Gustard X26 PRO DAC Review
Video review: https://youtu.be/u23k6pg8JrA
Written one: https://soundnews.net/sources/dacs/gustard-x26-pro-dac-review/
The most secretive and mysterious DAC manufacturer from China is surely Gustard. They aren’t amazing when it comes to web design, they aren’t that great when it comes to marketing, they still struggle putting their drivers online, they aren’t very talkative in a language other than Chinese…but they surely know what they are doing when it comes to digital audio. I still remember the shock-wave when I’ve popped the hood of their A22 DAC, as I’ve never seen two toroidal transformers, two DAC chips in a dual-mono configuration and a fully discrete class-A output stage in a DAC that costs a little over $1000. It seems that all their expenses are going into R&D, with very little left for anything else…In just a few years, they were able to release several DACs that are putting a bigger accent on their final output stage compared to any other DAC manufacturer from China. I’m pretty sure their vast experience in building amplifiers was put to good use in their digital-to-analog converters. As of right now they fully covered the mid-level and upper-level market with plenty of converters powered by AKM or ESS Sabre chipsets. They even built two high-performance OCXO clock-generators – a clear sign that digital audio isn’t unknown territory anymore. Today I will be testing their best shot at high-end, their best converter that again left my jaw on the floor when I had peek inside. X26 PRO DAC is the pure definition of overkill in a very good way and I can’t wait to tell you more how it sounds and more importantly…why it sounds that way. This one is not targeting the mid-fi market, but the best delta-sigma modulation DACs ever made that are using commercial DAC chips. It goes for $1500 in USA and €1400 in Europe, as a statement product I won’t go easy on it and in the latest chapters of this review I will be comparing it with another flagship ESS Sabre based DAC. Be sure to check that out and until that happens, let’s unbox it and see what’s inside.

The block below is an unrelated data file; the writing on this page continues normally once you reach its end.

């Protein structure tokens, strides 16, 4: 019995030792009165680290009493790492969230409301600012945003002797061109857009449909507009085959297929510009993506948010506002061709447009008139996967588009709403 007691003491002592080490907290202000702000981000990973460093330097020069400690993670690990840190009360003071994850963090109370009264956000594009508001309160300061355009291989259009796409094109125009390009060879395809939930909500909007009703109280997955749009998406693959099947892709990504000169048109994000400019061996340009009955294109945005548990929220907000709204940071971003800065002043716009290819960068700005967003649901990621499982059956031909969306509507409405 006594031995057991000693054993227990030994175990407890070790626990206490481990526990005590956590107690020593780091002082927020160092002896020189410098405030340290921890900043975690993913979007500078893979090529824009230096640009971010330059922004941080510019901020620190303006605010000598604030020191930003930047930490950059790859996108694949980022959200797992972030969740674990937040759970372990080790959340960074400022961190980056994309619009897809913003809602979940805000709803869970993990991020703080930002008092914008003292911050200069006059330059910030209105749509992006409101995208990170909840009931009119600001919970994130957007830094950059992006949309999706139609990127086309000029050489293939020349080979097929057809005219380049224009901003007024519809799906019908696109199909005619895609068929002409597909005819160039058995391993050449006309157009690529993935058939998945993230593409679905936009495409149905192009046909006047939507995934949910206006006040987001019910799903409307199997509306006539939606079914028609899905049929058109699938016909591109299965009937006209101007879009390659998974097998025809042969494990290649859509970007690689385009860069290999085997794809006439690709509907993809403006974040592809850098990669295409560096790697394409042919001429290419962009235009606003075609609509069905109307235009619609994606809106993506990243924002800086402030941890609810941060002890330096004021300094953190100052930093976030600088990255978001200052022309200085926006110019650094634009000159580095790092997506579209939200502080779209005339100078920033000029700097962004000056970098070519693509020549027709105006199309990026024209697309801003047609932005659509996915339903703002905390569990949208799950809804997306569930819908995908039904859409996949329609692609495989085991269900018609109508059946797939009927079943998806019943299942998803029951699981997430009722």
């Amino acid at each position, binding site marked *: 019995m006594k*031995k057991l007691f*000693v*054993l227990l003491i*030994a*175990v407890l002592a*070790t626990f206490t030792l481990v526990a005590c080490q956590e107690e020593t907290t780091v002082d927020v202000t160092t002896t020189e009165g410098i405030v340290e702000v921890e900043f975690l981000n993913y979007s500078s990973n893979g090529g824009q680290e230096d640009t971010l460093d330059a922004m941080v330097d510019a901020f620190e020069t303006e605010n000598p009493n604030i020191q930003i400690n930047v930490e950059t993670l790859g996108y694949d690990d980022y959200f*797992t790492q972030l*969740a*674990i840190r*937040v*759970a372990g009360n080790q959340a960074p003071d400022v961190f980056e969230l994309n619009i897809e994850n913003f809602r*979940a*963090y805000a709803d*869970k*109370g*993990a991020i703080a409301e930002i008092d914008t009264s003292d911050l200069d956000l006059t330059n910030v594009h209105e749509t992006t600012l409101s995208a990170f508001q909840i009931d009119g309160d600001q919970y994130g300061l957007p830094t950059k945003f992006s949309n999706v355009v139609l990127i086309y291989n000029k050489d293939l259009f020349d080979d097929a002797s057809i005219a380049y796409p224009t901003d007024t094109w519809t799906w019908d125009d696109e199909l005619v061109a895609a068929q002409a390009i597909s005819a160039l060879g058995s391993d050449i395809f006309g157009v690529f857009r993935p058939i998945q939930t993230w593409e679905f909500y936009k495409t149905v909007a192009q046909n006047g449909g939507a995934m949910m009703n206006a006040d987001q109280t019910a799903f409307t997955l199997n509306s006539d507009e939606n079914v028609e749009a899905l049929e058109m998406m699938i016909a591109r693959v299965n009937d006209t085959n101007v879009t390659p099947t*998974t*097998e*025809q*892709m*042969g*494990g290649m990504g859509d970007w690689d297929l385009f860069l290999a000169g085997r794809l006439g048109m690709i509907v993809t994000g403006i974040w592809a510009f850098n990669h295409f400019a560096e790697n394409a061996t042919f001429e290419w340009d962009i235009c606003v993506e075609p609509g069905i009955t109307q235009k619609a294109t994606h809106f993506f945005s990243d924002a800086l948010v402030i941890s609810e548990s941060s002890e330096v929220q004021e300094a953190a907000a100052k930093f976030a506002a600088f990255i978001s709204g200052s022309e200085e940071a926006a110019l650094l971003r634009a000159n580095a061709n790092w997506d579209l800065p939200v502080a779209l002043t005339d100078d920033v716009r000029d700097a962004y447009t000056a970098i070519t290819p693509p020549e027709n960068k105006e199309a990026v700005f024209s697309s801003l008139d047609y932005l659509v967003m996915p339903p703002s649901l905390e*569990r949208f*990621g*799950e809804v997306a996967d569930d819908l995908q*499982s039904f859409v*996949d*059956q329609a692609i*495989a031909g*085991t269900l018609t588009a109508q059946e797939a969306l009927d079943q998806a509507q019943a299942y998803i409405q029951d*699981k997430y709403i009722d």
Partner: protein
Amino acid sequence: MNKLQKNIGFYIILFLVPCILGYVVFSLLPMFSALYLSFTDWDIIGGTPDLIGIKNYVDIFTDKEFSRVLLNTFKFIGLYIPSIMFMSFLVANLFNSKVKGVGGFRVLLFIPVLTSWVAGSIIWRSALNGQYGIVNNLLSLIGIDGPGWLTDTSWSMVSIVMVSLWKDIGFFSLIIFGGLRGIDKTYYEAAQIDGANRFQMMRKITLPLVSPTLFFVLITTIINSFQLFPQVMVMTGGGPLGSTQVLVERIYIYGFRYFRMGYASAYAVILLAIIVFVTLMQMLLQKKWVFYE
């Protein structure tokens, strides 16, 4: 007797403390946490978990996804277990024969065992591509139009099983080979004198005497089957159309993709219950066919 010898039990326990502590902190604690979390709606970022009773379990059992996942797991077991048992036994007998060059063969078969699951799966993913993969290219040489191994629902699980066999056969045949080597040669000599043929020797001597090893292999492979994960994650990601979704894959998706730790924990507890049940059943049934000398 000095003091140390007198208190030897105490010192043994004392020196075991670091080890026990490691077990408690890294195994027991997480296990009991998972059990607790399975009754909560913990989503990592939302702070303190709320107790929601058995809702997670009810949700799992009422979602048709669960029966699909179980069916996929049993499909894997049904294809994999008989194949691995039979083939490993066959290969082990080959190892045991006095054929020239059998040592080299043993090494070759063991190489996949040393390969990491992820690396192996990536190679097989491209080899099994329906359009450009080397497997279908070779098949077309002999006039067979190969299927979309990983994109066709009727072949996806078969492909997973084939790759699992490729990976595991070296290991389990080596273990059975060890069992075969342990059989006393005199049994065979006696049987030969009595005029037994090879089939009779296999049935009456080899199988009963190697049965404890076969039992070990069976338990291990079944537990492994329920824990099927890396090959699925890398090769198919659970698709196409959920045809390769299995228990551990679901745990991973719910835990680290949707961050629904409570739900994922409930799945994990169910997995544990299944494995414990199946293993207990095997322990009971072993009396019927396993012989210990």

The big fellow came in an oversized box, it was much larger and heavier making me think that an integrated amplifier was sent my way instead of a DAC. Double boxed is already a standard procedure to ensure a safe delivery to your door. The unit itself was cuddled with foam on both sides with an accessory box put on top of it. In that box a high-quality gold-plated USB cable can be spotted, a warranty card, an after-sales card, a power cable, a bigger Bluetooth antenna to the ones I’ve spotted on SMSL and Topping units and a nicer looking remote control. It’s the same Gustard branded plastic remote, it has rubberized buttons and a nice tactile feedback.
A mini-CD is (AGAIN) found in the package which I presume hold its USB drivers. I use a desktop computer and a laptop on a daily basis, my wife uses another laptop and my kid a Surface Pro. Sadly, none of them have optical drives. Luckily, I bought an external bus-powered optical drive so I can check the contents of that Mini CD. Gustard stored USB drivers for all their units, some firmware upgrades and several user manuals for their units, except for…X26 PRO. I’m sure it’s just a mistake, X26 PRO is their freshest and newest device, most probably the ones that will hit the western market will have user manuals it in there too. There isn’t a single paper in the package, a spec sheet or some basic operation instructions, nothing like that. I would personally advise Gustard putting all those drivers and user manuals online, leaving just an URL on the warranty card, so we can easier find and download them. So far, this is my only complaint I have for this unit.
Design & Build Quality